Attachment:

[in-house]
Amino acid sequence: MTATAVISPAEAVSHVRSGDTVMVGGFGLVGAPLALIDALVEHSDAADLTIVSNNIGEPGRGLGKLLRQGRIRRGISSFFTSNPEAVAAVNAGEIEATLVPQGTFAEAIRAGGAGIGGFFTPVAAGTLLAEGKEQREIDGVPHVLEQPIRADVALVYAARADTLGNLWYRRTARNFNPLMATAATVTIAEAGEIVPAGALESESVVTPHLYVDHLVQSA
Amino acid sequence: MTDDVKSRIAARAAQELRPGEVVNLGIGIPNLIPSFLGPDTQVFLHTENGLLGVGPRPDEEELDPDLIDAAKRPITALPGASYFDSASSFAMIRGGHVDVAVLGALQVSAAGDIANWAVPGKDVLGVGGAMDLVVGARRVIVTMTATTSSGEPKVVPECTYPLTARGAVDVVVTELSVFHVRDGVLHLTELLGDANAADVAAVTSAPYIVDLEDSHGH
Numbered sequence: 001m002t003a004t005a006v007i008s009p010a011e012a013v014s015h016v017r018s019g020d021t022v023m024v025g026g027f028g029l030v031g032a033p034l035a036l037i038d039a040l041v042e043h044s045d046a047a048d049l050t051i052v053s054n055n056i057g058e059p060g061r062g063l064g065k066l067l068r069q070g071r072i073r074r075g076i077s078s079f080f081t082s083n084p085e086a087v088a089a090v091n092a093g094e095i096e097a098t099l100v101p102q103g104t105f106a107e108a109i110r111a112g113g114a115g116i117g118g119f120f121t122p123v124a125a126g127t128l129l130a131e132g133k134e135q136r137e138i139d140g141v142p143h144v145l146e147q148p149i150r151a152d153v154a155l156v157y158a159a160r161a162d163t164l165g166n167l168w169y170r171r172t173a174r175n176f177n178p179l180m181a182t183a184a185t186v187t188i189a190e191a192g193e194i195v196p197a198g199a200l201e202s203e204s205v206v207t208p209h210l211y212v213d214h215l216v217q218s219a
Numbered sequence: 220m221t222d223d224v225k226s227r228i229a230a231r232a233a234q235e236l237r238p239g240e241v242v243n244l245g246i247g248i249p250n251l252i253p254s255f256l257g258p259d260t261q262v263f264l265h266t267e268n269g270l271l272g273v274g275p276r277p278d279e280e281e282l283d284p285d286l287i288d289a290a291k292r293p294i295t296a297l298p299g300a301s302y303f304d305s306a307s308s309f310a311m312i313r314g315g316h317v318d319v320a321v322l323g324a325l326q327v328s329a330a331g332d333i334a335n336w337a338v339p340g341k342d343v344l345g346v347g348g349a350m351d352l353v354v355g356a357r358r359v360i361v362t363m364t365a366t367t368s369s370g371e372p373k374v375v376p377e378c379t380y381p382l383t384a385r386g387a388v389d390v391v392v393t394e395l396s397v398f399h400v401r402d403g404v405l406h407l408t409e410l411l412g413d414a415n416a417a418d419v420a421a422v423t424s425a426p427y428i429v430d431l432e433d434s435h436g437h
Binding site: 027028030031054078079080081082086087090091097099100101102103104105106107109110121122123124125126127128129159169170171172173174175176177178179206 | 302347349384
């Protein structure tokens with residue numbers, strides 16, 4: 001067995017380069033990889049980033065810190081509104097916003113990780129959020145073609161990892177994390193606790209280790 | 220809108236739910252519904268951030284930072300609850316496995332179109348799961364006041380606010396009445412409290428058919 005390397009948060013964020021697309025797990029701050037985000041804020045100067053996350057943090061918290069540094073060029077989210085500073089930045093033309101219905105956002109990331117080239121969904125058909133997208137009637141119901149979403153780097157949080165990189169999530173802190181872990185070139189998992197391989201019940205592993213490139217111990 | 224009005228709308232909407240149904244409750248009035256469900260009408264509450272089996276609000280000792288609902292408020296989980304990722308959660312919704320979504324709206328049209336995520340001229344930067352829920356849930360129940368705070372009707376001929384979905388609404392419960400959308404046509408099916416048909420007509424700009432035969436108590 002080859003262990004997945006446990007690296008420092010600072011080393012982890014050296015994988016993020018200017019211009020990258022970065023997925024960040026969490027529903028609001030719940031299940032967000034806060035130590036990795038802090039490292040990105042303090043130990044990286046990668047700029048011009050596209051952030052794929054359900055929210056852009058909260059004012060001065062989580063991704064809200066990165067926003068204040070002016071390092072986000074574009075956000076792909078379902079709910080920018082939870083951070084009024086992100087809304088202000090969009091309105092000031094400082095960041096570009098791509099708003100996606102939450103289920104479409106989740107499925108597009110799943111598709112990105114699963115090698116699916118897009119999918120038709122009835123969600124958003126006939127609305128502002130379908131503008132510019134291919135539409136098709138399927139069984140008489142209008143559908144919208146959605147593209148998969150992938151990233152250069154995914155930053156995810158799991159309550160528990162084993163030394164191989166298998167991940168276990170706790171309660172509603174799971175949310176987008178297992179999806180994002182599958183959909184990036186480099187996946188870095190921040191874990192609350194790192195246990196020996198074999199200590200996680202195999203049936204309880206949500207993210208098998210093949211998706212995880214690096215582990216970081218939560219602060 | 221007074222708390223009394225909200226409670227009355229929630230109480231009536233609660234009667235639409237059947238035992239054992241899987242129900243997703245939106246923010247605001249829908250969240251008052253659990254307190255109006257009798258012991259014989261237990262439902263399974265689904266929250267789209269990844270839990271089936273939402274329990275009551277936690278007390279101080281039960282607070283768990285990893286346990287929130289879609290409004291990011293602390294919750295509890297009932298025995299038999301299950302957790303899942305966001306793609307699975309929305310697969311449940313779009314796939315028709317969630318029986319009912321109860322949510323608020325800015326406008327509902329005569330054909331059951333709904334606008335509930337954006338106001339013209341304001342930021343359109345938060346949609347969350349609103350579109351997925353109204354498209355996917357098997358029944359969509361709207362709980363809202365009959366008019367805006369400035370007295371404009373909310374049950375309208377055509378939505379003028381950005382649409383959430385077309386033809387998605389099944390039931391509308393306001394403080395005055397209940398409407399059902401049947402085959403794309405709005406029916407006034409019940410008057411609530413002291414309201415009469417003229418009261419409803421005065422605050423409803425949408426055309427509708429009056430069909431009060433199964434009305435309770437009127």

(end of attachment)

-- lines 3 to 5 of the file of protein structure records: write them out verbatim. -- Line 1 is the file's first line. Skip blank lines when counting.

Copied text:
Amino acid sequence: MTDDVKSRIAARAAQELRPGEVVNLGIGIPNLIPSFLGPDTQVFLHTENGLLGVGPRPDEEELDPDLIDAAKRPITALPGASYFDSASSFAMIRGGHVDVAVLGALQVSAAGDIANWAVPGKDVLGVGGAMDLVVGARRVIVTMTATTSSGEPKVVPECTYPLTARGAVDVVVTELSVFHVRDGVLHLTELLGDANAADVAAVTSAPYIVDLEDSHGH
Numbered sequence: 001m002t003a004t005a006v007i008s009p010a011e012a013v014s015h016v017r018s019g020d021t022v023m024v025g026g027f028g029l030v031g032a033p034l035a036l037i038d039a040l041v042e043h044s045d046a047a048d049l050t051i052v053s054n055n056i057g058e059p060g061r062g063l064g065k066l067l068r069q070g071r072i073r074r075g076i077s078s079f080f081t082s083n084p085e086a087v088a089a090v091n092a093g094e095i096e097a098t099l100v101p102q103g104t105f106a107e108a109i110r111a112g113g114a115g116i117g118g119f120f121t122p123v124a125a126g127t128l129l130a131e132g133k134e135q136r137e138i139d140g141v142p143h144v145l146e147q148p149i150r151a152d153v154a155l156v157y158a159a160r161a162d163t164l165g166n167l168w169y170r171r172t173a174r175n176f177n178p179l180m181a182t183a184a185t186v187t188i189a190e191a192g193e194i195v196p197a198g199a200l201e202s203e204s205v206v207t208p209h210l211y212v213d214h215l216v217q218s219a
Numbered sequence: 220m221t222d223d224v225k226s227r228i229a230a231r232a233a234q235e236l237r238p239g240e241v242v243n244l245g246i247g248i249p250n251l252i253p254s255f256l257g258p259d260t261q262v263f264l265h266t267e268n269g270l271l272g273v274g275p276r277p278d279e280e281e282l283d284p285d286l287i288d289a290a291k292r293p294i295t296a297l298p299g300a301s302y303f304d305s306a307s308s309f310a311m312i313r314g315g316h317v318d319v320a321v322l323g324a325l326q327v328s329a330a331g332d333i334a335n336w337a338v339p340g341k342d343v344l345g346v347g348g349a350m351d352l353v354v355g356a357r358r359v360i361v362t363m364t365a366t367t368s369s370g371e372p373k374v375v376p377e378c379t380y381p382l383t384a385r386g387a388v389d390v391v392v393t394e395l396s397v398f399h400v401r402d403g404v405l406h407l408t409e410l411l412g413d414a415n416a417a418d419v420a421a422v423t424s425a426p427y428i429v430d431l432e433d434s435h436g437h